I believe the answer to all three of those questions is negative. But I get why a team (Denver?) will convince themselves otherwise. The more I watched Lock, particularly the end of his Tigers career, the more I see the appeal. He’s still not getting a top-50 ranking from me but I don’t have the reflexive “hell no” reaction to Lock that a vociferous minority of Lions fans still have for Stafford 10 years into his career. 

Irv Smith Jr., TE, Alabama

Yet for all I really like about Smith, I can’t help but think back a few drafts to a similar-sized player from the SEC who burned me.

D.J. Williams.

I look back at my scouting report on the Arkansas TE, the Packers 5th-round pick in 2011, and I can’t help but recognize some of the cherry-picked similarities...

Good route runner but not always precise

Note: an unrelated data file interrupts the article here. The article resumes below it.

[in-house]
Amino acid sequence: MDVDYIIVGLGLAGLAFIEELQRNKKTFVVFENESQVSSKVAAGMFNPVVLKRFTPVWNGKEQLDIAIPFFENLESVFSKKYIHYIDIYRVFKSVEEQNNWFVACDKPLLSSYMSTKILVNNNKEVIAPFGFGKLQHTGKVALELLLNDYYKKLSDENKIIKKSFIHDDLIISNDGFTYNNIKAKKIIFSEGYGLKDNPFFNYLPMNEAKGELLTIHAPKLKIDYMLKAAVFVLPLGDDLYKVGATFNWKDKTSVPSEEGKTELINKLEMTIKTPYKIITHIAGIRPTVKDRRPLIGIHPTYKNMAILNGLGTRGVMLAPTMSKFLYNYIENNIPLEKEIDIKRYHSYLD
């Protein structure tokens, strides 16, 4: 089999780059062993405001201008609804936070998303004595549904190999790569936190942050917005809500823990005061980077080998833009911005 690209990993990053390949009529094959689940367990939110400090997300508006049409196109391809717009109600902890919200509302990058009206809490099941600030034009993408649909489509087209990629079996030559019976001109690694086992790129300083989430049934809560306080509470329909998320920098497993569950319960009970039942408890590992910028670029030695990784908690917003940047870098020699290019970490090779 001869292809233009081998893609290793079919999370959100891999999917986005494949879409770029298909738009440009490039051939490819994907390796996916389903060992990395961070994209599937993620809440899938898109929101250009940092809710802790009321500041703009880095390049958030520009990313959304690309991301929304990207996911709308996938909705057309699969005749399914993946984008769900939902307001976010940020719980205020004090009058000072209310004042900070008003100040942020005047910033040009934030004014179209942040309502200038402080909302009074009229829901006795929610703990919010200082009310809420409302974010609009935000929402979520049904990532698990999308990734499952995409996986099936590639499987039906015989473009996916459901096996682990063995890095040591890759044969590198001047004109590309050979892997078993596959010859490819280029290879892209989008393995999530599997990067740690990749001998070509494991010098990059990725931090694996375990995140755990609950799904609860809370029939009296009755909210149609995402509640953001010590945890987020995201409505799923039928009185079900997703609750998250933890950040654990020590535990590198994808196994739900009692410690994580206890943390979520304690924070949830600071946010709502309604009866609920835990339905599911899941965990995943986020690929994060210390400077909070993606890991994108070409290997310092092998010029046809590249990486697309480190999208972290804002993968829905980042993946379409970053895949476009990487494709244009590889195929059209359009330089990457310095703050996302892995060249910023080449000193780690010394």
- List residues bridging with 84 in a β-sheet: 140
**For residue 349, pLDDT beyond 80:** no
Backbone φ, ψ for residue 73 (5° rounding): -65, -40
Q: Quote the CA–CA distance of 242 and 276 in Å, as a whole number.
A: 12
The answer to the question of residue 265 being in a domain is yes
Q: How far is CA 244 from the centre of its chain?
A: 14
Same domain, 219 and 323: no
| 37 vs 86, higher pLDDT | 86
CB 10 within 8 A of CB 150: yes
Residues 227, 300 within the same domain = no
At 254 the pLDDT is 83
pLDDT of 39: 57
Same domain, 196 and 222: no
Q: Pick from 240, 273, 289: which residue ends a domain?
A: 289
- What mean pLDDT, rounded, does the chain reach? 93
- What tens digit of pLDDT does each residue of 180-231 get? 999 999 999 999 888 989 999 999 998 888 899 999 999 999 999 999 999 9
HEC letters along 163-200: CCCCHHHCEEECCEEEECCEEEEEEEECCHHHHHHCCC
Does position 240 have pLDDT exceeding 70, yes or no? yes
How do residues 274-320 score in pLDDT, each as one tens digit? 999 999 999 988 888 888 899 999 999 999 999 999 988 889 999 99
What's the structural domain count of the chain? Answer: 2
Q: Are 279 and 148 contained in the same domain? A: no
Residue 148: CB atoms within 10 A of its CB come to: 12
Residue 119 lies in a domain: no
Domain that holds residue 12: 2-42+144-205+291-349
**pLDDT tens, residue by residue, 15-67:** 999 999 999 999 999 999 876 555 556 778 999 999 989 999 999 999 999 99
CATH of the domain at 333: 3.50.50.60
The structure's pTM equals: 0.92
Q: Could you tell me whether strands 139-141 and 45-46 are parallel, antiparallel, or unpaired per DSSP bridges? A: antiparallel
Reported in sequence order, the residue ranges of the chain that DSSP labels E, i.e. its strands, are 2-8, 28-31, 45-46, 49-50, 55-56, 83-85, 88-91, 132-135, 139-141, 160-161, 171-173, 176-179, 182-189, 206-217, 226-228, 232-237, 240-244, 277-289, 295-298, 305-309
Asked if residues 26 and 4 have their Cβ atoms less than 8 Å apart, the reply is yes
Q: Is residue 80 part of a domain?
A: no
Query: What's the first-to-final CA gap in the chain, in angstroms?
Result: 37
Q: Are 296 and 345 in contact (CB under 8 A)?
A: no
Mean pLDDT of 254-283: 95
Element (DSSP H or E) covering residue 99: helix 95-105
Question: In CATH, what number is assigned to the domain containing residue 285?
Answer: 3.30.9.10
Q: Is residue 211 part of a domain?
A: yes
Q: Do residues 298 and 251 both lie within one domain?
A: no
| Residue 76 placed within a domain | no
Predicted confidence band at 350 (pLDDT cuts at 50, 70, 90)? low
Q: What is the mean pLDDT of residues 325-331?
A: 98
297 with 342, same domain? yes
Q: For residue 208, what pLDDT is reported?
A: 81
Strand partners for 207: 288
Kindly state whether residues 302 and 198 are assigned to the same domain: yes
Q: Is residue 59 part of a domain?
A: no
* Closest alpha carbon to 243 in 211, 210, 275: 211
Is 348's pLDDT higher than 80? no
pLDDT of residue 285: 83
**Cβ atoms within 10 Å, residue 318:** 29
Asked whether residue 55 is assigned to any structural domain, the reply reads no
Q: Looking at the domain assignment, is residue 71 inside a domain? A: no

Negligible as an in-line blocker and must be on the move at the point of impact to have any effect as a run blocker in space

Not creative after the catch other than the inside stiff-arm

Struggled vs. man coverage when not given a cushion and an outside threat to help him

Doesn’t have the size to align inline and doesn’t have the requisite speed or burst to threaten as well as desired in the slot

I’ll be damned if those aren’t all valid on Smith, too. I love Smith’s pedigree (his father was an NFL TE) and his fit as a solid contributor to a diverse, NFL-style offense. I think his lack of athleticism is overplayed by critics, and I believe in his hands and playmaking potential. His ability to line up as an H-back or even fullback in red zone packages is definitely appealing.

But I thought those things of Williams, my No. 77 overall player back in 2011. He was out of the NFL quickly because of his size and athletic limitations. I do like Smith more, but I can’t help but remember my Great White (with apologies to Ian Hunter): I’m once bitten, twice shy baby.

Rashan Gary, DE, Michigan 

Gary is a complicated player to evaluate for a variety of factors. Separating the myth from the reality on a player is tough, made tougher in this case because I do tangentially cover Gary and the Wolverines as part of my radio duties here in Michigan.